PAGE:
• In June 2019, we organized a documentary presentation and panel discussion to address the issue of human trafficking—one of the most underreported crimes—and its dangers and harmful effects on societies.
    • In March 2020, we held our first International Women’s Day panel community-focused event, which consisted of five BIPOC speakers who work towards gender equality and equity in their respective spaces and industries.
    • In the early days of the pandemic, we saw a dramatic increase of gender-based violence throughout the lockdown. This increase in gender violence and intimate partner violence led us to respond quickly to the crisis and educate the public. To equip women and gender-diverse people and their families while locked down at home, we developed a #GivingTuesday campaign and fund, Women’s Relief Fund, to be accessed for emergency care such as food, financial assistance, telecommunications, and baby essentials. With no media budget available, we purposely built a campaign for social media and newsletter publishing which garnered a significant amount of responses, correspondence, and several partnerships. Our one-month campaign contributed to the awareness of the increase in gender-based violence and animated over 300+ supporters, including local politicians and media outlets.
    • For International Women’s Day 2021, we called attention to 9 inspiring male advocates for the #ChooseToChallenge theme. Our goal is to raise awareness around men and boys’ equal participation in the gender equality conversation and how men, as allies, can take steps to disrupt the status quo and institutions that maintain the conditions of gender inequality.
    • On a policy level, our advocacy to remove structural obstacles and increase support for women includes sending letters of concern to governments, contributing to debates and discourse through the media, holding seminars to create a forum for public discussion on specific issues, and supporting grassroots and national campaigns such as Encampments to Homes: A Path Forward, Canadian Campaign for Afghan Peace, Indigenous Deserve Clean Drinking Water, and Amendments to the Divorce Act.
    • On International Women’s Day 2022, we featured 10 diverse advocates of gender equality in our “Let’s Get Intersectional” campaign. Our goal was to bring more attention and education to the overarching message of Intersectionality and help audiences better understand the significance of this critical framework through storytelling, personal narratives, and educational prompts. Our campaign reached over 19,000 people across what is currently called Canada.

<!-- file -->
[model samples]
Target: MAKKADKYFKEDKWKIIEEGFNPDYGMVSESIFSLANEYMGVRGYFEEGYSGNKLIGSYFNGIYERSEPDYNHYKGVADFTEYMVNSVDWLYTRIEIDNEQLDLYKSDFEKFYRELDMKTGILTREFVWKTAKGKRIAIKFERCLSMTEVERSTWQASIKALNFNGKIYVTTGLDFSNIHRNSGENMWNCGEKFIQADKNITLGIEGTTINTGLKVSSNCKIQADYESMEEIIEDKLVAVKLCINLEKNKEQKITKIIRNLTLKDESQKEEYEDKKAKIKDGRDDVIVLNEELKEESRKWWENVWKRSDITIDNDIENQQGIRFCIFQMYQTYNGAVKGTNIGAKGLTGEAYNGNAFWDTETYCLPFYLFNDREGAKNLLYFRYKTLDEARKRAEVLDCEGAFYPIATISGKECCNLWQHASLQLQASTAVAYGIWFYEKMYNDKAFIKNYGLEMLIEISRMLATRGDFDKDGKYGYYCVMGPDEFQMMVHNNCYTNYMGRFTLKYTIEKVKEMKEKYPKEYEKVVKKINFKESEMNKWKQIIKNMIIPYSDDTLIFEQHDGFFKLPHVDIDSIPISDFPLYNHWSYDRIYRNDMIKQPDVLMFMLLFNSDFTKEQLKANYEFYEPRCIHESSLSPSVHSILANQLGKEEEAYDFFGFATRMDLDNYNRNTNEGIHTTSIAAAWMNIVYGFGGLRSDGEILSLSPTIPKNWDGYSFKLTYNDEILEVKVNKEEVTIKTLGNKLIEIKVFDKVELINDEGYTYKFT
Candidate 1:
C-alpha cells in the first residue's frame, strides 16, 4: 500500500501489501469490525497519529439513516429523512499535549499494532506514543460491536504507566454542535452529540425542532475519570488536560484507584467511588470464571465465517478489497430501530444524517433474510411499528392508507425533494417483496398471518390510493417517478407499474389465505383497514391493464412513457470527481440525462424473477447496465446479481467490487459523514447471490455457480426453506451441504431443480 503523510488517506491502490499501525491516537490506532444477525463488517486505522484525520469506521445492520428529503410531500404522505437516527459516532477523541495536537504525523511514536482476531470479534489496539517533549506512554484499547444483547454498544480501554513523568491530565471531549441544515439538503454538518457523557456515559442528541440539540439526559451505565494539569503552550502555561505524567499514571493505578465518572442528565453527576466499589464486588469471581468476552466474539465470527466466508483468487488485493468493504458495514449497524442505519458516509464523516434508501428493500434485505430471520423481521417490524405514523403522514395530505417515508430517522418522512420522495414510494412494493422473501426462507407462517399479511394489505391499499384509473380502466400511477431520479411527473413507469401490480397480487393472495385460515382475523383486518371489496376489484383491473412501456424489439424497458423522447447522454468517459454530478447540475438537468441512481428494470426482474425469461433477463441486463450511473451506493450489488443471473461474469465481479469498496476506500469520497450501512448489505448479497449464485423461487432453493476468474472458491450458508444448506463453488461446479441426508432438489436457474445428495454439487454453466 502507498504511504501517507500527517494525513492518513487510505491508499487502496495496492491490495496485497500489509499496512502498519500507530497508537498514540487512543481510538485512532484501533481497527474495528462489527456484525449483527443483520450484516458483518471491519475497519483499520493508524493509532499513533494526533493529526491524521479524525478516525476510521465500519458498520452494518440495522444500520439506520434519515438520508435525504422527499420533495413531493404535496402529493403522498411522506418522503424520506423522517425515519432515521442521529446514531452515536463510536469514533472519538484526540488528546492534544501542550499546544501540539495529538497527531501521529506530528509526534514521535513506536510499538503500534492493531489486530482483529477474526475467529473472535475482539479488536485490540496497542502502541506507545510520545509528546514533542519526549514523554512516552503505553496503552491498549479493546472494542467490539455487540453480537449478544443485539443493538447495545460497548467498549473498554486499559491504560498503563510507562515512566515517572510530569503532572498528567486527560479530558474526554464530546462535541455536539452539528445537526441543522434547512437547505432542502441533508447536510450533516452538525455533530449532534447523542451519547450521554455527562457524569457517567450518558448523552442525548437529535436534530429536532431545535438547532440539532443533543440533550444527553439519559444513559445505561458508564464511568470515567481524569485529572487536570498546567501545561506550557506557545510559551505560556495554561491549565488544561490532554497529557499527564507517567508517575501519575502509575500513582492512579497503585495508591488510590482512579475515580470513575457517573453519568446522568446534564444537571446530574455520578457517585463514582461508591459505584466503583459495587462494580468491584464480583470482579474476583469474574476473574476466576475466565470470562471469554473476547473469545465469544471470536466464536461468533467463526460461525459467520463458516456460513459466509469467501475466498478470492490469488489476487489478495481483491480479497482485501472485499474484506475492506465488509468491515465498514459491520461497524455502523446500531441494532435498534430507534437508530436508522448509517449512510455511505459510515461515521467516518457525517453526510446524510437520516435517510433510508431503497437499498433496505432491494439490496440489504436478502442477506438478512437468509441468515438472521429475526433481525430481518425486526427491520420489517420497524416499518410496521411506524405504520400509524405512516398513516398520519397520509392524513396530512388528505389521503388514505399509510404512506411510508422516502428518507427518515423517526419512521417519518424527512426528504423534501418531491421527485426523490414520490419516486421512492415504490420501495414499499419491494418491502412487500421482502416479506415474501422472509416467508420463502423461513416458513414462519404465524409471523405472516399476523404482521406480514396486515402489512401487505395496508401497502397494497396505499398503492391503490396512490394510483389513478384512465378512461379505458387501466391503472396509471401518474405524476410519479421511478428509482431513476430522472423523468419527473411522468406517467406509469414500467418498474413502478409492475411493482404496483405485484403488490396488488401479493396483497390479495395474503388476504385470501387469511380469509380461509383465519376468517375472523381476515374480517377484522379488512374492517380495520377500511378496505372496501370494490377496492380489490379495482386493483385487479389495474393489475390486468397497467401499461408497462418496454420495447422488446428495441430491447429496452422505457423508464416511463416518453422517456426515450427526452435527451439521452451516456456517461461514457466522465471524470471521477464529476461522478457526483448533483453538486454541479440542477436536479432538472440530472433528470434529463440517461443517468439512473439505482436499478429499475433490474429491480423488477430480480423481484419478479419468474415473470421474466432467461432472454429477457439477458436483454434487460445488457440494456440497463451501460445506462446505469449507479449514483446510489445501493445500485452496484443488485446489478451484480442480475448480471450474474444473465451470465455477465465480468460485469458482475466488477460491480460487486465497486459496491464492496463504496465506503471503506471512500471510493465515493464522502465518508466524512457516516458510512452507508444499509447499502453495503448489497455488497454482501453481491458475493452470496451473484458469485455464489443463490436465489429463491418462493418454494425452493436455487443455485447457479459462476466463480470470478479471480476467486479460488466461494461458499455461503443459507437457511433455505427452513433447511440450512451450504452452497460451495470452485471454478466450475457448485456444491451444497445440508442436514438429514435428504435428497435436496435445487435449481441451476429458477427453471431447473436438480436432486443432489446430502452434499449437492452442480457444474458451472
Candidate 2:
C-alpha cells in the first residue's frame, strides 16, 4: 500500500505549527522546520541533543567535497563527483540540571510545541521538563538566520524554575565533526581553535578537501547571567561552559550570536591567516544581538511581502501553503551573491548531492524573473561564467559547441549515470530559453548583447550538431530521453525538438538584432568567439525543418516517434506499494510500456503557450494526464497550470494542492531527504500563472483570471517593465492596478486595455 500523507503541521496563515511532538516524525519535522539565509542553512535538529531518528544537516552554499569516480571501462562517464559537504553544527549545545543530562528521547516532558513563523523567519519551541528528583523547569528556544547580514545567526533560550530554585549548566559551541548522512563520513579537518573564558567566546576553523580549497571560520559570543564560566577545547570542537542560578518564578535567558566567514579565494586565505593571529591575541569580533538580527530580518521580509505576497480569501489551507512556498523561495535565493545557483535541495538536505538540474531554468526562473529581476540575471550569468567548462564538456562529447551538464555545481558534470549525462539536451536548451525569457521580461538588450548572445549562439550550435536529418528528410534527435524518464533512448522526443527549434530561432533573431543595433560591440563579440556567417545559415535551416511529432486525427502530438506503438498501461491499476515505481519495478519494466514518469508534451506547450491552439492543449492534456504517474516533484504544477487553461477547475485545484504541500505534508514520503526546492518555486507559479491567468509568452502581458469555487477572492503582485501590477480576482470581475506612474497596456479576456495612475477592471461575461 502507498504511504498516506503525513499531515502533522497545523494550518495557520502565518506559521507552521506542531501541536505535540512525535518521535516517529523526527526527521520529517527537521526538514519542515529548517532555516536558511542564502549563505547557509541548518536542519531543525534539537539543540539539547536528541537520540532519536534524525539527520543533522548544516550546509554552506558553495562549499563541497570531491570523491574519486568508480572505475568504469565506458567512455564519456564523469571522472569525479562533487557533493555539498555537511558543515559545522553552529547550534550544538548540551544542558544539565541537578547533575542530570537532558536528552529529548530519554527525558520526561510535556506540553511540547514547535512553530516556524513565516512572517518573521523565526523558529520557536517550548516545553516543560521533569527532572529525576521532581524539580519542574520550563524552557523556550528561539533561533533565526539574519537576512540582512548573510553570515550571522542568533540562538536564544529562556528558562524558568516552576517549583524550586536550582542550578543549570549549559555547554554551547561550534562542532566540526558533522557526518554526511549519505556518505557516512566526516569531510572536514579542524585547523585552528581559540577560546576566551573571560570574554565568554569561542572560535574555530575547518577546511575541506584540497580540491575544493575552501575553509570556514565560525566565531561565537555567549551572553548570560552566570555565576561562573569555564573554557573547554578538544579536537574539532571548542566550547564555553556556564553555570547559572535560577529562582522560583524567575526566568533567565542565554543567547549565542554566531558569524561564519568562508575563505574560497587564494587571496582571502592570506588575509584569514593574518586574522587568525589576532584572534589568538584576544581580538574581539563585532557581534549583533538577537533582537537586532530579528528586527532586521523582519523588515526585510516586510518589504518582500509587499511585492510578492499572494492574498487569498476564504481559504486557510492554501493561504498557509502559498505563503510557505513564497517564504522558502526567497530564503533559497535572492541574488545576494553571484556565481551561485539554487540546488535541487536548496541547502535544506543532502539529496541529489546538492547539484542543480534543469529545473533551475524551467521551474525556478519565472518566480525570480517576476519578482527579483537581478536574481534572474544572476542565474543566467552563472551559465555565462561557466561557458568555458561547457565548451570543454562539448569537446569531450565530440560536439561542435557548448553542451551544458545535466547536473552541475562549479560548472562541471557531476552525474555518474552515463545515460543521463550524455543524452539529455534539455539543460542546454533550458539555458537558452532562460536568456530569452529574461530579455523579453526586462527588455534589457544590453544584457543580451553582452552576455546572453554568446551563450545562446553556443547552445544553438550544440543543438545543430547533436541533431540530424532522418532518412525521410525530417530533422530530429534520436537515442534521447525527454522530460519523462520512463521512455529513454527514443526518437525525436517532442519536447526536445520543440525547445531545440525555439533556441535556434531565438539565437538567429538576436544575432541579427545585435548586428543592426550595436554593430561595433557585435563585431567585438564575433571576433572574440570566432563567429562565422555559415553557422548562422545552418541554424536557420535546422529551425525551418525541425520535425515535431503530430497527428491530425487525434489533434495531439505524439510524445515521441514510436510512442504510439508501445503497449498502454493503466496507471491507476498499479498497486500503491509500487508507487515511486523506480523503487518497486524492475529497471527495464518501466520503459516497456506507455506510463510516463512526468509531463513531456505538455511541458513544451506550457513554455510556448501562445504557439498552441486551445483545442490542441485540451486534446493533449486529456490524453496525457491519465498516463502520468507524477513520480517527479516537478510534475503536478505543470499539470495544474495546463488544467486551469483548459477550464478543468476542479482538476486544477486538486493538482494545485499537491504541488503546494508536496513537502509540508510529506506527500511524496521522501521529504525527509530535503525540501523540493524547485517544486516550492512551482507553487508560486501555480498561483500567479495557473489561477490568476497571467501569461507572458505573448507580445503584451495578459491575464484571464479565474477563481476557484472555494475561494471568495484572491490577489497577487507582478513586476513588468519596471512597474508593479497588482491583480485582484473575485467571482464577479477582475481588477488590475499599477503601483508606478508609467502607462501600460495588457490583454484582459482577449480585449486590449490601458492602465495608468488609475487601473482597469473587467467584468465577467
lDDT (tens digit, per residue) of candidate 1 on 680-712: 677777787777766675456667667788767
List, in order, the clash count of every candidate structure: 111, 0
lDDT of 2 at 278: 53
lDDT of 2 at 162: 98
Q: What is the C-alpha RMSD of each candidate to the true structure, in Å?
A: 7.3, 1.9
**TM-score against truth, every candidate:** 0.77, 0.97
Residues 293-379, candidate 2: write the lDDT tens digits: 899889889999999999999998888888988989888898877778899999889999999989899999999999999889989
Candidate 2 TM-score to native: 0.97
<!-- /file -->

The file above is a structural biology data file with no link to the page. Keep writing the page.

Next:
Photo ID: A screenshot from our "Let's Get Intersectional" with a Black woman holding her glasses and beige text across her face that says, "Intersectionality."


We actively integrate equity and self-determined empowerment of women and gender-diverse people in all aspects of our programming and initiatives. Supporting our diverse priority communities is our priority when combatting inequities facing them. Free, low-barrier, and accessible programming allows us to invest in communities directly by providing interventions and grassroots solutions that address gender inequities. 

When we invest in women, we invest in our communities, and ultimately, we invest in our societies at large. 

We provide programming that focuses on the development, dignity, leadership, well-being, and healing of diverse women and gender-diverse people who have been made vulnerable and face structural barriers due to lack of supportive policies and access to public services. Our programs serve women and gender-diverse people from our priority communities by providing accessible, confidential peer support, educational and supportive mentorship, workshops, resources, knowledge-sharing opportunities, and a sense of community in relational, strength-based, trauma-informed, feminist, and anti-oppressive environments. We ensure that each program offered to community members is supportive, empowering, promotes their rights, builds capacity, emphasizes interdependence, centres lived experiences, and bolsters connection and autonomy.

When women and gender-diverse folks complete our programs, we hope for them to be empowered to effectively employ choice, have the resources they need, gain a sense of economic or social security, and participate fully in decision-making in society in a wide variety of life situations.

Our programs and services are delivered by facilitators, advocates, social workers, and community members with lived experiences who have working knowledge in development and community sustainability and share a deep commitment to advancing equity for all women and gender-diverse individuals.

Our flagship programs such as "The Change Make-Her" is delivered year-round. Download the latest impact report to view the evaluation and impact measured from the program!


Priority Communities
GOOD TO BE GOOD respects all people’s inherent dignity, worth, and autonomy while acknowledging their resilience and circumstance. As an organization, we commit to providing services equitably and working to care for community members from marginalized communities.

As part of our active commitment to advancing equity, intersectionality, belonging, and justice, we prioritize women, non-binary, and gender-diverse people in Canada who identify as members of one or more of the designated groups:

Black, Indigenous, People of Colour, racialized people, Indigenous Peoples, 2S individuals, LGBTQIA+, survivors of violence (structural, intimate, economic, psychological), immigrants, refugees, newcomers, low-income, provisionally accommodated/precariously sheltered or housed, have lived/living with intersecting experiences such as isolation, mental health conditions and mental health consumers, invisible and visible disabilities, and other unequal factors that limit the full exercise of rights to life, safety, equal opportunity, such as lack of access and education, location, and state harm. 

Not only are diverse identities centred, we also aim to ensure that community members have equitable access to our programs and services: through reasonable accommodations; identifying barriers to participation by considering the needs of diverse groups of people; increasing inclusive participation in our systems and processes; and using evidence-based disaggregated data needed to include equitable considerations in decision-making and service delivery. We strive to create safe spaces for meaningful conversations about diversity, equity, accessibility, human rights, and respect to inform our work and move toward our vision together.